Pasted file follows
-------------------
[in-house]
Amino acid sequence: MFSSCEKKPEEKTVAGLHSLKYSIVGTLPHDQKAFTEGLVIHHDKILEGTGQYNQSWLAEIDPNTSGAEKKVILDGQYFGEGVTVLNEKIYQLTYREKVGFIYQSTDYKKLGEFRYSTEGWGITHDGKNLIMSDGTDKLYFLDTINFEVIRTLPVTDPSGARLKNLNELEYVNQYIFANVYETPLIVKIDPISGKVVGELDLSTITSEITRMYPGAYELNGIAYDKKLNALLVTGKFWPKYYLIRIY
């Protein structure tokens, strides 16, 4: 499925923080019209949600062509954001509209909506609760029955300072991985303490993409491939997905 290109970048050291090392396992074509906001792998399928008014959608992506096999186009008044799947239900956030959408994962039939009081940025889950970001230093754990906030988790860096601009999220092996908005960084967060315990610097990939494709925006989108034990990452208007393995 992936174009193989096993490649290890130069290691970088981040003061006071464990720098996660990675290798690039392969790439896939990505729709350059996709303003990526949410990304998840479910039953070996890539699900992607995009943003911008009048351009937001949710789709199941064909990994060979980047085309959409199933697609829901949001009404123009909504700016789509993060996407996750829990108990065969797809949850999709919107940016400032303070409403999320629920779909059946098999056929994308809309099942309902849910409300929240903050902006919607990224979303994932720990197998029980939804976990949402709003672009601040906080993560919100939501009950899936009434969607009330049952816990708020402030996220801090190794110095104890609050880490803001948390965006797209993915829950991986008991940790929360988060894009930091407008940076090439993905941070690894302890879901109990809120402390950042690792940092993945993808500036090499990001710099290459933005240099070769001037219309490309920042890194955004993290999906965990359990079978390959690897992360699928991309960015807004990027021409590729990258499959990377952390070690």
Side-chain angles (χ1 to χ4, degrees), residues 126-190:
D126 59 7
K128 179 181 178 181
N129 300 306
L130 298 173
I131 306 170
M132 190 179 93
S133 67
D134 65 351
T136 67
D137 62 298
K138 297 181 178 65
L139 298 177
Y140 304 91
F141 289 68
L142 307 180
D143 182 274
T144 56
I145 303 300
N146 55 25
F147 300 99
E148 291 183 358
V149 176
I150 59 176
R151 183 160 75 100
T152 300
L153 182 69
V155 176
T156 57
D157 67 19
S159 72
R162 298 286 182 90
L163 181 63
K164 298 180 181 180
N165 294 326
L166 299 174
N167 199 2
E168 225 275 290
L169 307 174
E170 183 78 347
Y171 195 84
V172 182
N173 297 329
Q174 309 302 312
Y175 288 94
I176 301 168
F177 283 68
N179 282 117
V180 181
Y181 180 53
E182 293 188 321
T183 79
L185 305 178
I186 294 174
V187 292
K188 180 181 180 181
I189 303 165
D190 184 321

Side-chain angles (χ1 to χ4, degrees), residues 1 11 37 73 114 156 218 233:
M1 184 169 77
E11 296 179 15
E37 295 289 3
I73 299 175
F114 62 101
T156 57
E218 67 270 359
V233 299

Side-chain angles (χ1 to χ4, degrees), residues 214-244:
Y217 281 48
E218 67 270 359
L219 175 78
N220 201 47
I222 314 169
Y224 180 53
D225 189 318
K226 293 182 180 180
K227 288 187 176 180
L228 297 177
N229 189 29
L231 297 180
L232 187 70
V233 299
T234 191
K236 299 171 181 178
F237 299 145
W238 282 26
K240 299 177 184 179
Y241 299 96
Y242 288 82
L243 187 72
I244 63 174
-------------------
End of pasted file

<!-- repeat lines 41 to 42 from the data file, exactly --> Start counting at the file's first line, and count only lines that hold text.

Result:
E168 225 275 290
L169 307 174